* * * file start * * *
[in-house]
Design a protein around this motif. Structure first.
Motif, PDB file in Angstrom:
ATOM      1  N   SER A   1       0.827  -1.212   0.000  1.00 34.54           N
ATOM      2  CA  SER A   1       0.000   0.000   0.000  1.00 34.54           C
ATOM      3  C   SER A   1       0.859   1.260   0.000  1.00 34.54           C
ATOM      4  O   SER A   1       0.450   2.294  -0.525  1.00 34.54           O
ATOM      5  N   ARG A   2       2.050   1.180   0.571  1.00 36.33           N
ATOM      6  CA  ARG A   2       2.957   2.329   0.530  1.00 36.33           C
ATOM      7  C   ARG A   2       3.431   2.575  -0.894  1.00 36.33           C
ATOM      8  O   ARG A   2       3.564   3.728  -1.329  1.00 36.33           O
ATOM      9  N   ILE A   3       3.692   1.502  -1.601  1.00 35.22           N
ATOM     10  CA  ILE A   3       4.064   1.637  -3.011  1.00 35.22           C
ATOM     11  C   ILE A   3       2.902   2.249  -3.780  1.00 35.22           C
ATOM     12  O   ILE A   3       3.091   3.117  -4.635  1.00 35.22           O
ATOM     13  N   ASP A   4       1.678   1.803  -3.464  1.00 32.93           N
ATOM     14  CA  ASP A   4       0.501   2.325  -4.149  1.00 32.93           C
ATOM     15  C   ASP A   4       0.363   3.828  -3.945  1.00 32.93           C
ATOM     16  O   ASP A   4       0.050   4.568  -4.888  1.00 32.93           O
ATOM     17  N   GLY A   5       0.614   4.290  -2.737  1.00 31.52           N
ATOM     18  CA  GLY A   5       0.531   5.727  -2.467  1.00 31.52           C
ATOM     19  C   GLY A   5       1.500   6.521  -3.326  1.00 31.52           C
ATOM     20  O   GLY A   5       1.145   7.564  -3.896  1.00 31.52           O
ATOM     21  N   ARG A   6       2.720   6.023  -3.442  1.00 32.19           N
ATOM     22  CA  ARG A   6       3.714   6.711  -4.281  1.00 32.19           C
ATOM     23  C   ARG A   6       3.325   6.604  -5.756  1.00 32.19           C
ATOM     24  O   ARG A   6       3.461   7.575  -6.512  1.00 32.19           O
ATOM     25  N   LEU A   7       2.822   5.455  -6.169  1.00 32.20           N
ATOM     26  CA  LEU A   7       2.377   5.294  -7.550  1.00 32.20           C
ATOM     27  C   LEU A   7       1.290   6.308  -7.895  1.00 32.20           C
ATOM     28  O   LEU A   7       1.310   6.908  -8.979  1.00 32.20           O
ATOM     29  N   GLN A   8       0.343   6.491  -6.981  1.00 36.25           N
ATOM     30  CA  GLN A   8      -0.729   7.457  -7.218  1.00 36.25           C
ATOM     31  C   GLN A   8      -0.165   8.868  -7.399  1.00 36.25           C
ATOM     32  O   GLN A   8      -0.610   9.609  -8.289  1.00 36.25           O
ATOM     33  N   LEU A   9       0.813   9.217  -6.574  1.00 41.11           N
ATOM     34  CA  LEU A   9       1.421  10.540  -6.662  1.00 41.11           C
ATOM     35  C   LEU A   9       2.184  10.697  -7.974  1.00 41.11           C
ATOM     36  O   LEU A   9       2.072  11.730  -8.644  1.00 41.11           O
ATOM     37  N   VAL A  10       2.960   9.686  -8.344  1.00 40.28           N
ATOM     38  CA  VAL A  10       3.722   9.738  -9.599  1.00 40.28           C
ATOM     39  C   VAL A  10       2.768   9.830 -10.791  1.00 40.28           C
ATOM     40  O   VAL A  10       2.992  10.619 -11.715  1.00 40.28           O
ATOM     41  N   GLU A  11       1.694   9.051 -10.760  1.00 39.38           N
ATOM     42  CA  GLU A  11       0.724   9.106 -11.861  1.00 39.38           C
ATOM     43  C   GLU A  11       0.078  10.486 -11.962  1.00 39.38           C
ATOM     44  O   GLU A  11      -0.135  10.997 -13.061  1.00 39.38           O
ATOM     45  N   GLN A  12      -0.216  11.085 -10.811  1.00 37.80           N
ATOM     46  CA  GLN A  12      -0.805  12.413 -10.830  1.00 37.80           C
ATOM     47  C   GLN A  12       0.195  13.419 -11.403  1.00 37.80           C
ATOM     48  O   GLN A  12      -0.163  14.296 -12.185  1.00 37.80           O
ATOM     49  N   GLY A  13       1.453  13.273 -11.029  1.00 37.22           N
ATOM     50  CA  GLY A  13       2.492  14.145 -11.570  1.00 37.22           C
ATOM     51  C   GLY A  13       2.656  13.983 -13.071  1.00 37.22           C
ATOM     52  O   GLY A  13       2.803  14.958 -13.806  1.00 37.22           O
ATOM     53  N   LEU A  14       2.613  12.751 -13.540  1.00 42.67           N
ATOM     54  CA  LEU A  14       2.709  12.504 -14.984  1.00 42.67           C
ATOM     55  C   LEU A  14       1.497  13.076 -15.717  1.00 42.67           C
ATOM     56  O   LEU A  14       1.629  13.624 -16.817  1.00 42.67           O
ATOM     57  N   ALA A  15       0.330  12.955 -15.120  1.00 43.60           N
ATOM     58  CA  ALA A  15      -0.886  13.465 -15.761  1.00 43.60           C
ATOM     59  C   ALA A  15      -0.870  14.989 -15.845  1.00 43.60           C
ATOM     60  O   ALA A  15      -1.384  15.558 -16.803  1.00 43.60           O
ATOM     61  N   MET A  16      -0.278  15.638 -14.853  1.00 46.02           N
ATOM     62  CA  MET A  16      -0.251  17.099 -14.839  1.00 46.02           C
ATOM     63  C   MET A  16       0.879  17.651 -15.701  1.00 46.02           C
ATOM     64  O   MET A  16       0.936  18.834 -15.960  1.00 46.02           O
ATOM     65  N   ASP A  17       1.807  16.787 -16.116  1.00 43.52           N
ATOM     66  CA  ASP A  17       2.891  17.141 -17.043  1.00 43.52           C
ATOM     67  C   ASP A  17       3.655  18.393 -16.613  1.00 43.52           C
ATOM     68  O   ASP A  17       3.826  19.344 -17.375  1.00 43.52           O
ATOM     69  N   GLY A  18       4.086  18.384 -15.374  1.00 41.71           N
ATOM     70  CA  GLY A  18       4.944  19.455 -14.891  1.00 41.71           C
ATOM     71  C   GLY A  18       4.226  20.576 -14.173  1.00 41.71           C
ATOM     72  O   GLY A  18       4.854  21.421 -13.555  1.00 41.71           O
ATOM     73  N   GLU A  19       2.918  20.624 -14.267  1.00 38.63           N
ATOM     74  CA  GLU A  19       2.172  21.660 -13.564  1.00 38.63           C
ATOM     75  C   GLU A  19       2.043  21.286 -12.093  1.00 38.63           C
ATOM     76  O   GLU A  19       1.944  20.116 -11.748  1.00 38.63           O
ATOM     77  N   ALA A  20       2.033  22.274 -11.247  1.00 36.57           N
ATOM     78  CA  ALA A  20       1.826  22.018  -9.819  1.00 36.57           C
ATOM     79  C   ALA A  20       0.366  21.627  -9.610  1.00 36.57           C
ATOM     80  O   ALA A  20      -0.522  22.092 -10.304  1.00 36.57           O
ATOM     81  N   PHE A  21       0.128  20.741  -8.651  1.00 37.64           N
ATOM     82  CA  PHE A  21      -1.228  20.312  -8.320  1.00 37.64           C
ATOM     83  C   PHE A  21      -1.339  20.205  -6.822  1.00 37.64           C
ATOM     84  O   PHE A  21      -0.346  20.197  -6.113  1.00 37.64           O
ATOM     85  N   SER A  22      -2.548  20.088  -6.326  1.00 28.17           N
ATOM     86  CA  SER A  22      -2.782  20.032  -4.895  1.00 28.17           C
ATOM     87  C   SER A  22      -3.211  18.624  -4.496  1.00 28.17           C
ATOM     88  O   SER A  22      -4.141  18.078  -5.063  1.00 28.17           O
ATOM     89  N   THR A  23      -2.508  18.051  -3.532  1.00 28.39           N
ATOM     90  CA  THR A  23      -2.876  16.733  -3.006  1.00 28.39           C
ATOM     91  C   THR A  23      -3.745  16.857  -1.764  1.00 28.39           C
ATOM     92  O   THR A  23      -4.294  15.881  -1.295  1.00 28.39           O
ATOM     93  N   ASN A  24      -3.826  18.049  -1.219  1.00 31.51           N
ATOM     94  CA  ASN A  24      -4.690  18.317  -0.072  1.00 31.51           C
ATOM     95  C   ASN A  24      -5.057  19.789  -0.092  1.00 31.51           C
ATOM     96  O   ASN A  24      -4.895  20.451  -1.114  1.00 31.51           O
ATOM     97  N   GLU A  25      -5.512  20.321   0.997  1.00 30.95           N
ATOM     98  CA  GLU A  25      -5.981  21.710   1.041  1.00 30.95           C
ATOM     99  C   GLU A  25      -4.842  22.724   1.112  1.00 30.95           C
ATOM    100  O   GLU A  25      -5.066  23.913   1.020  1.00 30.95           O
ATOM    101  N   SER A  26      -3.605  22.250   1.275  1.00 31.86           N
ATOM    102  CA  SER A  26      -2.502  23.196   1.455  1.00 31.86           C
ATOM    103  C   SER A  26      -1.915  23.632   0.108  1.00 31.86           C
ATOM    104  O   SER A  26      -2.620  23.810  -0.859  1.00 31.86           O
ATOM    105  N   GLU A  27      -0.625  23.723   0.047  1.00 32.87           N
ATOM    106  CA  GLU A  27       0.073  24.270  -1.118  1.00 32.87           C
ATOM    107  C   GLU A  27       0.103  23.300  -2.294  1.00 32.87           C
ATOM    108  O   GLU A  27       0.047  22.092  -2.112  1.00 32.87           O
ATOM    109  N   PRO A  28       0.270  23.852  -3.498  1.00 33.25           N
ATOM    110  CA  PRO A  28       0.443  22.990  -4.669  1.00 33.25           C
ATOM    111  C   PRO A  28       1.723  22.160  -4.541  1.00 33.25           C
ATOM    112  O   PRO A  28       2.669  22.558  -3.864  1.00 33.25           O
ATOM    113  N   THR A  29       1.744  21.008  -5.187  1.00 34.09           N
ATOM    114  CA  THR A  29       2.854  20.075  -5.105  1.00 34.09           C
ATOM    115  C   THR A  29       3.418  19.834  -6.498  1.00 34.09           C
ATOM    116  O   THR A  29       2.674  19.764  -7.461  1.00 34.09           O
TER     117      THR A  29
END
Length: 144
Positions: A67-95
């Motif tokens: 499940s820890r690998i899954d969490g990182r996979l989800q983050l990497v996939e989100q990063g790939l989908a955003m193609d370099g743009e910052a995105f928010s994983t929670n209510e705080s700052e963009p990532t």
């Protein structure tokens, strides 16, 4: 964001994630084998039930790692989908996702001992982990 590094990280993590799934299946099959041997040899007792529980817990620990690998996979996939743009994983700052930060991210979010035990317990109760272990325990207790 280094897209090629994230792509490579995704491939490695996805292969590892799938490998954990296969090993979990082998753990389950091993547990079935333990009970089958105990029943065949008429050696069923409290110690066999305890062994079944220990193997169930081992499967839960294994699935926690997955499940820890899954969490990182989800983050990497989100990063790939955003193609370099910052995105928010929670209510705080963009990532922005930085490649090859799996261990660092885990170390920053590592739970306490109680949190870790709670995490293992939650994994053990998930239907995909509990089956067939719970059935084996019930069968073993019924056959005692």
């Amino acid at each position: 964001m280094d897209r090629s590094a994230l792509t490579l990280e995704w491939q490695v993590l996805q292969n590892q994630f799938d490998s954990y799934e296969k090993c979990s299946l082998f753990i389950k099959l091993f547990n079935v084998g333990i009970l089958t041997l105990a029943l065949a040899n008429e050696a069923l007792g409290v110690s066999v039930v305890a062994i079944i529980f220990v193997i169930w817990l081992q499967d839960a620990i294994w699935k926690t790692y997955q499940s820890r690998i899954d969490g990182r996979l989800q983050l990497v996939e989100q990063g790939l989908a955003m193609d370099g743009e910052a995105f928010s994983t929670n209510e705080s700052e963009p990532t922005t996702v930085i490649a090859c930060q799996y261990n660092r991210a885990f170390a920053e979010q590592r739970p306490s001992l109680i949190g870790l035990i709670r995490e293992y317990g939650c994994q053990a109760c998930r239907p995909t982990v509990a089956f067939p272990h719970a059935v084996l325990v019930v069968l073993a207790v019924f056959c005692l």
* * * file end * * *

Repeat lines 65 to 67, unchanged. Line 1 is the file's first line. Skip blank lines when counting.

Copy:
ATOM     62  CA  MET A  16      -0.251  17.099 -14.839  1.00 46.02           C
ATOM     63  C   MET A  16       0.879  17.651 -15.701  1.00 46.02           C
ATOM     64  O   MET A  16       0.936  18.834 -15.960  1.00 46.02           O